keepin' it REAL /Mantente REAL: Adaptation and Pilot Test in Uruguay
Adolescents aged 11-15 years in the Uruguayan capital city, Montevideo
Flavio F. Marsiglia, PhD; Stephen S. Kulis, PhD; Carlos Libbisch, MA; Paul Ruiz, PhD
In collaboration with the Pablo de Tarso Foundation, the Uruguayan National Board on Drug Use, Uruguayan educational authorities, and the American embassy in Montevideo, GCAHR conducted a pilot study to test the feasibility of implementing keepin' it REAL in Montevideo-Uruguay, determine if this middle school-based curriculum would need adaptation to the Uruguayan population, and revised the curriculum including the creation of new accompanying videos. There were two pilot tests of the curriculum: an initial one in middle schools with 7th-grade students, and a subsequent test among 6th-grade students in their last year of primary school.
Substance use behaviors, attitudes, and exposure; use of effective drug resistance skills
In the first pilot test, four middle schools, half public and half private, in the poorest neighborhood in the capital city of Montevideo, were randomized into two treatment (implementation) or control/comparison conditions. In the second test, six public primary schools were randomized to implementation or control conditions. Regular teachers were trained to implement the Spanish-translated version of keepin' it REAL (Mantente REAL). The first pilot test included 388 adolescents aged 12-15 years who completed pretest and post-test questionnaires; the second test in primary schools had 233 students aged 11-14 who also completed pretests and post-tests.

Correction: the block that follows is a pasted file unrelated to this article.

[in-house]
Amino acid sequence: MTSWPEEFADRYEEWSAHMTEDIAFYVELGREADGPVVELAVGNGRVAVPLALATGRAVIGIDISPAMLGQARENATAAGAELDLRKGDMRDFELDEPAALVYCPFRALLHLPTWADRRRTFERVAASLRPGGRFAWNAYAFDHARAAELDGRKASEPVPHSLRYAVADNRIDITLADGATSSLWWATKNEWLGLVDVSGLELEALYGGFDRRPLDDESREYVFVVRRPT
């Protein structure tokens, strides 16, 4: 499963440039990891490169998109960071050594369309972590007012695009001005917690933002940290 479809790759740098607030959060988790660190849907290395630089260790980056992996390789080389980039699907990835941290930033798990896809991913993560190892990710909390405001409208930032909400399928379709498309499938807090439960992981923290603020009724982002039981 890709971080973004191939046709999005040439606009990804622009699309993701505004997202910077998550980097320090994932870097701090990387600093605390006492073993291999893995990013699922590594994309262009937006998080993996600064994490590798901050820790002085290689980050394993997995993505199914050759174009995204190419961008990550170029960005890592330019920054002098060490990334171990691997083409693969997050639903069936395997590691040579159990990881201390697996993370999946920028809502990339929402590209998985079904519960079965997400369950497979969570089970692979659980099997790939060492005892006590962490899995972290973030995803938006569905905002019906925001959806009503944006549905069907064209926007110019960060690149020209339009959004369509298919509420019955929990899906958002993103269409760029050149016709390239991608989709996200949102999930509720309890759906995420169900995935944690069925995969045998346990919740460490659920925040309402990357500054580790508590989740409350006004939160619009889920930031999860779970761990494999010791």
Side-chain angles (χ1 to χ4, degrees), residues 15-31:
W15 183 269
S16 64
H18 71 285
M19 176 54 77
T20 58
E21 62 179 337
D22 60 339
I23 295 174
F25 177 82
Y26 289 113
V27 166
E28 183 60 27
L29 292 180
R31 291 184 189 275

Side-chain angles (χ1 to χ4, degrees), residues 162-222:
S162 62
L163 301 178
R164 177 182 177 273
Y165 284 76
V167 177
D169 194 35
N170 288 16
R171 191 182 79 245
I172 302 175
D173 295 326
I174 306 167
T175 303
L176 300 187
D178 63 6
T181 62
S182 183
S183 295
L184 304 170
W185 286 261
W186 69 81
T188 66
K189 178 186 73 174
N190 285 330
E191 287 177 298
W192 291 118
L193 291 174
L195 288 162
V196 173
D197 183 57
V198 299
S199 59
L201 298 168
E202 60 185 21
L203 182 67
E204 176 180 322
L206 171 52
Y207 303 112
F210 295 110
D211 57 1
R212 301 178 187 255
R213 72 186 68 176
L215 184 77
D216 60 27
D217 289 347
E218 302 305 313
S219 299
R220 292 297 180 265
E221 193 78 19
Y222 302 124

In the middle school test, the Mantente REAL intervention group reported desired changes in four of six last 30-day substance use outcomes: relatively smaller increases or actual reductions in the frequency of alcohol and marijuana use and in amounts of cigarette and marijuana use. In the primary school test, Mantente REAL students--compared to controls-- reported relative decreases in alcohol use, intentions to use substances, positive expectancies about substance use, and violence victimization, as well as increases in the use of effective drug resistance strategies.
Marsiglia, F. F., Kulis, S. S., Kiehne, E., Ayers, S. L., Libisch, C. A., & Barros, L. (2018). Adolescent substance use prevention and legalization of marijuana in Uruguay: A feasibility trial of the keepin’ it REAL prevention program. Journal of Substance Use, 23(5), 457-465. doi: 10.1080/14659891.2017.1358308
Marsiglia, F. F., Alarcón, D., Kiehne, E., Ayers, S. L., & Kulis, S. S. (2019). School connectedness, educational aspirations, academic performance, and alcohol use In Uruguay. Health Behavior and Policy Review, 6(3), 276-285. doi:10.14485/HBPR.6.3.7